Table 3. Strategies Used to Address Multi-actor Engagement
  Ontario Quebec Manitoba Newfoundland & Labrador
Work with multiple types of actors, including knowledge users and patient partners, to prepare research grant applications  
Recruit actors strategically through personal and professional leaders’ networks
Create a steering committee to oversee eConsult pilot project and spread
Maintain engagement for the duration of the scale-up process (eg, follow-up regularly, provide real-time results, celebrate milestones and accomplishments)  
Provide ready-to-use communication materials actors could use to advocate for eConsult
Invite a variety of actors to participate in annual National eConsult Forums


Relative Advantage


Why Is This Enabling Factor Key to the Scale-Up of eConsult?

Our results suggest that, in all provinces, a variety of key actors perceived eConsult to be highly useful and to have a strong relative advantage over the status quo or other innovations. This positive perception facilitated its widespread adoption by health service professionals and, hence, its scale-up.


What Strategies Were Used?

eConsult was designed to be as simple as possible for professionals to use. Several respondents highlighted the importance of developing a simple intervention that facilitated its implementation and use. Participants perceived eConsult as being easy for potential adopters and policy-makers to understand and for professionals to use in everyday practice. Furthermore, it was seen as being easy for organizations to manage changes required for its implementation. In particular, participants noted that being a simple, streamlined innovation that integrates well into professionals’ workflows set eConsult apart from other innovations.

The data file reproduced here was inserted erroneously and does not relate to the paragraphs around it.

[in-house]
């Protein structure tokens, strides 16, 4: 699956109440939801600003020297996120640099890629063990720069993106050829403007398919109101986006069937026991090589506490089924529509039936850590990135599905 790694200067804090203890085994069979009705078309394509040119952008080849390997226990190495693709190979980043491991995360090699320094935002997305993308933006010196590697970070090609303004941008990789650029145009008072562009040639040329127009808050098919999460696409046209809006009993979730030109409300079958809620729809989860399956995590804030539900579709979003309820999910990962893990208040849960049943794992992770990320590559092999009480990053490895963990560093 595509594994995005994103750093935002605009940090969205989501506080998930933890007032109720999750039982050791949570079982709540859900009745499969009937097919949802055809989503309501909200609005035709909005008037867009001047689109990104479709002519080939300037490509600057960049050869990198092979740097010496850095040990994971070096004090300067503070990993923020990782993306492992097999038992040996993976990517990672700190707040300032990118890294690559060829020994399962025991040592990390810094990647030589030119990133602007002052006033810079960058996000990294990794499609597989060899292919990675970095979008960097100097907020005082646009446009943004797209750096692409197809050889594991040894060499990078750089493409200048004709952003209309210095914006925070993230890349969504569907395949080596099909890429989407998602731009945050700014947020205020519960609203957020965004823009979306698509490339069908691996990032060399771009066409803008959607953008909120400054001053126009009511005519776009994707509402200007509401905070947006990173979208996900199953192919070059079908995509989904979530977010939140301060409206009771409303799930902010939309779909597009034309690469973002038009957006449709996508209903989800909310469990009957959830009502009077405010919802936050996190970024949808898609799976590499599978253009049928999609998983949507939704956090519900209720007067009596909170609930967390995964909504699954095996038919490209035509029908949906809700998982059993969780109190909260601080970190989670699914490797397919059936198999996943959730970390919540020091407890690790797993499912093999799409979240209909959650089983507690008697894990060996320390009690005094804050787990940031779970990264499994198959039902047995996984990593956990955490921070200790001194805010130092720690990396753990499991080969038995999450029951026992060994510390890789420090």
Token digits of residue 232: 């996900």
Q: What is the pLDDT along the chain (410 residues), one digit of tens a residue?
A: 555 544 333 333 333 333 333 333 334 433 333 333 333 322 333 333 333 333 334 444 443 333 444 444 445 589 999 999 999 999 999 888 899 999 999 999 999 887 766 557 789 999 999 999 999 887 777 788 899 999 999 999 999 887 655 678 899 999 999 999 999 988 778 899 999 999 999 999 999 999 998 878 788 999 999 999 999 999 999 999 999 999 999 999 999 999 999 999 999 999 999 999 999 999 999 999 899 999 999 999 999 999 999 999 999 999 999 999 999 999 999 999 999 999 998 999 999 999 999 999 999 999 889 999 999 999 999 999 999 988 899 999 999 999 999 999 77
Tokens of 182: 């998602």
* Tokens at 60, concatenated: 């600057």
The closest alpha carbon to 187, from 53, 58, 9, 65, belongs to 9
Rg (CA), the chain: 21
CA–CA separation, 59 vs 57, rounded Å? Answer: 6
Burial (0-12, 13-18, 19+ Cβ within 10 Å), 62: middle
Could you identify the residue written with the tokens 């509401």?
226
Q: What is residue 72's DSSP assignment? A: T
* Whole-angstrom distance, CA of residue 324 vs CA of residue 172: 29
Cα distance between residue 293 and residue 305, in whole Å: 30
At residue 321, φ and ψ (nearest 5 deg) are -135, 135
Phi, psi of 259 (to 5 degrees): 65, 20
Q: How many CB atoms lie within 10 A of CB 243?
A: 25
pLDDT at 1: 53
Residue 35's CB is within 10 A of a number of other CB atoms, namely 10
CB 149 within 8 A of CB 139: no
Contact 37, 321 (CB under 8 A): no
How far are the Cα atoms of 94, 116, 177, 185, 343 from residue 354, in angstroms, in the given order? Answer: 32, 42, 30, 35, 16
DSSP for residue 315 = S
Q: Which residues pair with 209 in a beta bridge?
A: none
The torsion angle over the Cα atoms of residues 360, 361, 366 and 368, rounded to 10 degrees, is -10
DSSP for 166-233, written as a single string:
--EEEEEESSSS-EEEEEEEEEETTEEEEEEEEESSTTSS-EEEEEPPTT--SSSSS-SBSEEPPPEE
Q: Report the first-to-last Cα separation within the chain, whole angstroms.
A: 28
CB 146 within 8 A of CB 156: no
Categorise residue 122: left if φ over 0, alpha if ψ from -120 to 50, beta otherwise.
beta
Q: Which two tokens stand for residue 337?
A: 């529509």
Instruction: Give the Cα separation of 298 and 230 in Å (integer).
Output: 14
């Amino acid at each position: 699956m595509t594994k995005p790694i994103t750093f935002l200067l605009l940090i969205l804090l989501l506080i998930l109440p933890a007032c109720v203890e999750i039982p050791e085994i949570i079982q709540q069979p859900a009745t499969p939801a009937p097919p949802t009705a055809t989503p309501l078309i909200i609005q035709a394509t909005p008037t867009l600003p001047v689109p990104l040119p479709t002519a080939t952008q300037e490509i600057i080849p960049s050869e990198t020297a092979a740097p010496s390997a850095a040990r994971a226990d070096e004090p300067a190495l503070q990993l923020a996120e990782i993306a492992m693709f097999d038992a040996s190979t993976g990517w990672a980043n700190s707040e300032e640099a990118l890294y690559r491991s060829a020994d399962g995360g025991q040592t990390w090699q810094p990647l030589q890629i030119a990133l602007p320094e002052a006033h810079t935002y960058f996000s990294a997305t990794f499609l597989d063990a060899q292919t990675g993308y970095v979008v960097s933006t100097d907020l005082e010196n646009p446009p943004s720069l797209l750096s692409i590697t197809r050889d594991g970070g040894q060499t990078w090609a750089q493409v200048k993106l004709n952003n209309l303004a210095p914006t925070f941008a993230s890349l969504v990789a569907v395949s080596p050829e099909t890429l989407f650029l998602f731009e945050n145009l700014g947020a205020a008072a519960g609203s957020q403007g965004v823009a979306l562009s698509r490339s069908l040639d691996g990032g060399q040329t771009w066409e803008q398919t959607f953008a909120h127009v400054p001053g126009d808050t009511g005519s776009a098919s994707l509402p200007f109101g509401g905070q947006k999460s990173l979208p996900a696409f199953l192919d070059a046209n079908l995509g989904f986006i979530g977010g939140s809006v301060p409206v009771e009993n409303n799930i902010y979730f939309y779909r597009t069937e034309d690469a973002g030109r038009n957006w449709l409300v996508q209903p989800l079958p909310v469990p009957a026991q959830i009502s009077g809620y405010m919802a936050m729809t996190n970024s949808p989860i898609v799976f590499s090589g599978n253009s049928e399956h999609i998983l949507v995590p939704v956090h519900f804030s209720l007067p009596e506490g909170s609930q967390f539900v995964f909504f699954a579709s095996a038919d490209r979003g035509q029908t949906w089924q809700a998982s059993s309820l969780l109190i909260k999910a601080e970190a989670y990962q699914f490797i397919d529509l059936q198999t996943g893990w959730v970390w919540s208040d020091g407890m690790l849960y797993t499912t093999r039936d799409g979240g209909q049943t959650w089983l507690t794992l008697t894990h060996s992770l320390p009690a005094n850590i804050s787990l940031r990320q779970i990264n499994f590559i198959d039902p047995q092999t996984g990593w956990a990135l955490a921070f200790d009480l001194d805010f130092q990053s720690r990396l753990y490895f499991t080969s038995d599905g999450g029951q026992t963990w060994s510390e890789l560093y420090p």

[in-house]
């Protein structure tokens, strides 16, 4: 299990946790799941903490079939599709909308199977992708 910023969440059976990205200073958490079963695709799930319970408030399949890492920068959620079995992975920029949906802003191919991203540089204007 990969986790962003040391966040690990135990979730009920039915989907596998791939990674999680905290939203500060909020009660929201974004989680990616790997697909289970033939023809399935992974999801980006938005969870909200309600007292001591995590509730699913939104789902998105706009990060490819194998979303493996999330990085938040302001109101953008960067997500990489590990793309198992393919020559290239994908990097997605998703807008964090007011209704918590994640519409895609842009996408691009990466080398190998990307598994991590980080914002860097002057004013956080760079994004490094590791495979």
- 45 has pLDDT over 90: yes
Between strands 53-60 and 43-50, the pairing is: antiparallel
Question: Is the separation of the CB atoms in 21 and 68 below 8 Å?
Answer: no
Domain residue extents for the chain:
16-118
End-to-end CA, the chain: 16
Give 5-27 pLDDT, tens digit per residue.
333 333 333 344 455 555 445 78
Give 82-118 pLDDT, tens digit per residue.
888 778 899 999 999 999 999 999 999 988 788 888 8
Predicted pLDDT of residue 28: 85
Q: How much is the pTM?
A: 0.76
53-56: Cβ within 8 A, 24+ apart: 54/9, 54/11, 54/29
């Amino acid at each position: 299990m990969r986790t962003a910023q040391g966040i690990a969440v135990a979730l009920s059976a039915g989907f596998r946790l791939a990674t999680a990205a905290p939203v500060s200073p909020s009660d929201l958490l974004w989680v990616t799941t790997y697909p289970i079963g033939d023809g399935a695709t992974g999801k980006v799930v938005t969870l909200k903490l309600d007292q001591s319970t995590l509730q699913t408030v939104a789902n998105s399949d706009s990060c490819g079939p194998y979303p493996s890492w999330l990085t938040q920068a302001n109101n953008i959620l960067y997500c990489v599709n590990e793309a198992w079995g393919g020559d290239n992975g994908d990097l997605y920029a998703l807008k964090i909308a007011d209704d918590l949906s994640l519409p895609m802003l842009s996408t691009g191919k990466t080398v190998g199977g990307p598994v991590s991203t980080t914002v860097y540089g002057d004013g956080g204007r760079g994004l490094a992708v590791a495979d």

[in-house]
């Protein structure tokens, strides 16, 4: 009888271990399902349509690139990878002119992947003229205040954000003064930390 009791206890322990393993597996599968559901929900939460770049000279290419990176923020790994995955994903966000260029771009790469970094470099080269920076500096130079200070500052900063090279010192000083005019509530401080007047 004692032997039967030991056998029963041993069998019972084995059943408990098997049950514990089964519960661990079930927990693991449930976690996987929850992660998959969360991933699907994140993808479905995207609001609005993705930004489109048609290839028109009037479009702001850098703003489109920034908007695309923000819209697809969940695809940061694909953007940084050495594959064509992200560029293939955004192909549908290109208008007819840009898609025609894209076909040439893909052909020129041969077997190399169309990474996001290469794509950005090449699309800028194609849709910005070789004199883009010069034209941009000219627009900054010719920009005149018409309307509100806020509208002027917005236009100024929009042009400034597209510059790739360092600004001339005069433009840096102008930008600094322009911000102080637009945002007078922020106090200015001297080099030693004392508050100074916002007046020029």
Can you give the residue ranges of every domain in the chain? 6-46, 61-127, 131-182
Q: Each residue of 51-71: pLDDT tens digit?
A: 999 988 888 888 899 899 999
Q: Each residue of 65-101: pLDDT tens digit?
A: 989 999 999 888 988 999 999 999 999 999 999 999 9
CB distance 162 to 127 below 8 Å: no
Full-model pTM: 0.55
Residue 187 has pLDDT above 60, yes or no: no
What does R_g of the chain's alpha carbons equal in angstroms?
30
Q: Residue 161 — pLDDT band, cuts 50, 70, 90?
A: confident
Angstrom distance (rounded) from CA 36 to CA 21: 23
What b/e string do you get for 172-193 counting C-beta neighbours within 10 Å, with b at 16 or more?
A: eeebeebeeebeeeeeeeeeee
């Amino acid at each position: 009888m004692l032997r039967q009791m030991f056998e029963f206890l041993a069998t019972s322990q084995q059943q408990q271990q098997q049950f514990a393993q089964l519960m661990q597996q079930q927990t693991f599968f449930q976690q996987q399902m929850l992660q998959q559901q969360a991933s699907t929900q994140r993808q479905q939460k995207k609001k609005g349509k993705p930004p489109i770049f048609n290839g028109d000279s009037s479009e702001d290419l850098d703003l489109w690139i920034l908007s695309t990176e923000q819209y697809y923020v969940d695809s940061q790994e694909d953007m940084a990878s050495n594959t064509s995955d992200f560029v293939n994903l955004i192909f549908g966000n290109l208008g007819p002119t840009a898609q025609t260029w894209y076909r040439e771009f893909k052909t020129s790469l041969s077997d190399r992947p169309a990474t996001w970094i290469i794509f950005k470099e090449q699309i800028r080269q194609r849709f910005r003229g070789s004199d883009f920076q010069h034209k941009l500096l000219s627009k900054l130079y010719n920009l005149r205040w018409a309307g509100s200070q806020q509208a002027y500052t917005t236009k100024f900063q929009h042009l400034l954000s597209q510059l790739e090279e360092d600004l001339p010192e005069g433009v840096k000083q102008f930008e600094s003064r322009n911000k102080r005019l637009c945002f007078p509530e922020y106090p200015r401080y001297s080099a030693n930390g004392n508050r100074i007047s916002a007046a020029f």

What makes it different is how it is embedded in the workflow. So, it’s convenient…” (Manitoba).

For example, respondents felt that the use of a standardized form with only four mandatory questions facilitated its integration into the workflows of primary care professionals. Although many specialists requested that the form be tailored to their specific needs, the Ontario team decided, based on their experience and user feedback, to use one standardized form with only four fields applicable to any medical specialty. They felt that this would be less burdensome for primary care professionals and, therefore, increase the likelihood of them using it. Our results show that this simplicity helped to avoid delays in scale-up because the design focused on core elements and limited “scope creep,” particularly in terms of IT developments and integration with electronic medical records. This idea of simplicity achieved consensus among the interviewees.

…developing and scaling integrated things is much harder than developing and scaling dead simple things. So, the trade off, I think it’s easier to scale something dead simple…” (Ontario).

…The conclusion that I have made is that, even if it’s not advanced computing, [...] the technical solution has to be simple and user friendly and just easy to use and adopt” (Manitoba).

One of the main strategies for development, spread, and scale-up was to begin by addressing users’ needs and to subsequently adapt to their preferences while maintaining a functional eConsult service.

To ensure a relative advantage in terms of usability and ease of implementation, and to reduce adoption burden on professionals, the design of eConsult mirrored traditional referral processes as much as possible. For example, mandatory close-out surveys (all provinces) collected user feedback, and a user advisory committee (Manitoba) adapted the service to user feedback (eg, problems, frustrations, and suggested improvements) to make it user-friendly and ensure integration into the existing workflows of specialists and primary care professionals. Research teams regularly analyzed responses and used them to continually improve the innovation.

Refinement of the eConsult model largely took place during the stages of the pilot project in Ontario. The other provinces followed this model on the BASETM platform (Manitoba, Newfoundland and Labrador) or on a local platform managed by a private company (Quebec). In the three other provinces, changes made to eConsult related mainly to technical issues or requests to add new specialties to the service.